Where I grew up, there where a place where the cool kids used to hang out called “the O”. It stood for “the Original”, although to be frank I have no idea how many versions of this Pittsburgh hot dog shop had to exist in order to necessitate singling yourself out as the “original” one. It’s not like Pittsburgh is awash in hot dogs — although I do remember fondly the O’s “disco fries” (our version of the Canadian “poutine”, which does not seem like a very evocative name for these cheese-slathered, bacon-topped deep-fried potato slivers. Heaven on a plate!)
What’s that? I’m supposed to be talking about something you might be interested in? Oh yes, that’s right. This:
It’s Nang Lerng market, located in the Banglamphu area on Nakhon Sawan road. This is supposed to be the very first wet market to ever sprout up in central Bangkok. What I do know for sure is that, like all of Thailand’s wet markets, it’ a load of fun to visit and the go-to place for some pretty hard-to-find old-style delicacies, such as the glutinous pork-filled rice balls, eaten with lettuce leaves, fresh coriander and chilies — a sweetly piquant mass of satisfying goo in the mouth.
Or old-style haw mok (steamed seafood mousse in banana cups), a Portuguese-influenced concoction combining local ingredients with European technique:
Then there are the delicacies that you actually do want to eat, like coconut ice cream trad-style, in a little plastic cup and festooned with roasted peanuts.
But if you do make it over there, do not miss Roongroj, the duck noodle shop at 141,143 Nang Lerng market. A popular with politicians who send their drivers over at noon for some lunchtime takeaway, Roongroj deserves its reputation as a shop with an extensive menu, efficient service and generous portions of sweet, toothsome duck.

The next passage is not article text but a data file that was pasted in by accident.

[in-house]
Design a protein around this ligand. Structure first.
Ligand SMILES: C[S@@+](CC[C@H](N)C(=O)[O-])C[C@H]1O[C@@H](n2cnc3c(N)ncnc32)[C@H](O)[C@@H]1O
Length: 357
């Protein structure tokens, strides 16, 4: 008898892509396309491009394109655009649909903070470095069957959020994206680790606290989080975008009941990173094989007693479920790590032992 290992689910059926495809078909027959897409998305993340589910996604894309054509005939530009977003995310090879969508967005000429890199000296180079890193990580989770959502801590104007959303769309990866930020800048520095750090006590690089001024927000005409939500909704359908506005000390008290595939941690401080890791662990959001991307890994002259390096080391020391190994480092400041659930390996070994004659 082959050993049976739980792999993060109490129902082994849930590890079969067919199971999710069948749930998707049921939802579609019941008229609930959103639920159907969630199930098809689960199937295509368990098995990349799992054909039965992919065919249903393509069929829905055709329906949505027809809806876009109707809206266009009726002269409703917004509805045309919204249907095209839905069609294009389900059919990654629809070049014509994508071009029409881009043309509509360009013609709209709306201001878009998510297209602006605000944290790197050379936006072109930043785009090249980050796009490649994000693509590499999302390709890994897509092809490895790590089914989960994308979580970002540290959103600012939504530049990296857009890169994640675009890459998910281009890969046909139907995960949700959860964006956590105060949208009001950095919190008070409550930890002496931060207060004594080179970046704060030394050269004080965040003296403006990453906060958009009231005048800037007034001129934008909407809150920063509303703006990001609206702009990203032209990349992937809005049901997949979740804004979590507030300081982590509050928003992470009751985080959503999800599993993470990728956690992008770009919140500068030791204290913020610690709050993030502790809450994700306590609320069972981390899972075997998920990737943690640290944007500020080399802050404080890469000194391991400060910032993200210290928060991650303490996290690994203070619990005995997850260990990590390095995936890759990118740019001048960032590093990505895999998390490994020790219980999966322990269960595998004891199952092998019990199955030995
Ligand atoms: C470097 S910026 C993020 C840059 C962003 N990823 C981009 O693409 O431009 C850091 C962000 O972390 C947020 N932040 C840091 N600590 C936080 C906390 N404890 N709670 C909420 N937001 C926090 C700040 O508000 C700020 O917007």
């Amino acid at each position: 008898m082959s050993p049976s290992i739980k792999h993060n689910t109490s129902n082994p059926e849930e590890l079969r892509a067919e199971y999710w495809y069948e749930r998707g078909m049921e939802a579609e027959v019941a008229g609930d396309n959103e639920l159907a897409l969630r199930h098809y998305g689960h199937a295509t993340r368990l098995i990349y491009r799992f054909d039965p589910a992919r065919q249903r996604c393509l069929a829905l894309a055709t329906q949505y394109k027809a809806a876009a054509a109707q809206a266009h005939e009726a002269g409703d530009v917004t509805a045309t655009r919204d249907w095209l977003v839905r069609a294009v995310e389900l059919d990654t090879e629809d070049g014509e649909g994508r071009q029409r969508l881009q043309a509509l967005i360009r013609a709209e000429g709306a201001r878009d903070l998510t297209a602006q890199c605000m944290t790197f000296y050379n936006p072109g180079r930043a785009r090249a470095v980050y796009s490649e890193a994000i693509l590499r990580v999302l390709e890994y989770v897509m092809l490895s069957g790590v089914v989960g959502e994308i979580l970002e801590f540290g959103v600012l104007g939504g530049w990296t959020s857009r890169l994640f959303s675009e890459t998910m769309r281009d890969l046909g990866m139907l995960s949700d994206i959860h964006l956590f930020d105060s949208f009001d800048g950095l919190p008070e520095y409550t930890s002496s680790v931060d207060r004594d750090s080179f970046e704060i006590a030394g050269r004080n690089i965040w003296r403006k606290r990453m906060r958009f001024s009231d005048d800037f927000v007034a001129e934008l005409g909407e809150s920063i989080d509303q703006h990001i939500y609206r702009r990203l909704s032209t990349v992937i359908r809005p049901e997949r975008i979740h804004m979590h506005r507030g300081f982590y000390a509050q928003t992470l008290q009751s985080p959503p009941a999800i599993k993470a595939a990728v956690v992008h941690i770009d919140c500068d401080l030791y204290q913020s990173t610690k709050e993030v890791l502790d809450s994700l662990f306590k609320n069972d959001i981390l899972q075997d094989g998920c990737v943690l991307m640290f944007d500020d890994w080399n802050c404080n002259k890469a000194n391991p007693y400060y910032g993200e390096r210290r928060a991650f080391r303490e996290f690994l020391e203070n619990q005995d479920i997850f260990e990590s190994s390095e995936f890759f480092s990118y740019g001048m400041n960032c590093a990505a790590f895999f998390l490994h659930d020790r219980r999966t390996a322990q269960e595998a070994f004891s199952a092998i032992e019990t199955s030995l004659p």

The choice is extensive: stewed duck, braised duck, duck in pullo (Chinese five-spice and cinnamon broth) are all there, plus stewed chicken, barbecued pork and some very nice giew (Chinese dumplings). Yes, if the duck or noodles haven’t tipped you off already — this food is Chinese. But then again, what noodle stand in Thailand ultimately isn’t?
It’s open every day, and from late morning to well into the evening, so it’s hard to miss out on getting yourself a bowl. Do yourself a favor and trek over into the old part of town; basking in the atmosphere of the “original” wet market is worth it.
(Photos by @SpecialKRB)
One response to “Markets: the Original”
I think I know who told you about Hor Mok.
Not a Portuguese!
Sorry to have to ask for it.
My theory is that the Portuguese did not teach Thais t0 use coconut milk in Hor Mok and Kangs! [We are not talking about desserts/sweets].
I am willing to eat my words if you can provide sufficient evidence to support that the Portuguese did! [My grandma…Thai- Mon-Portuguese].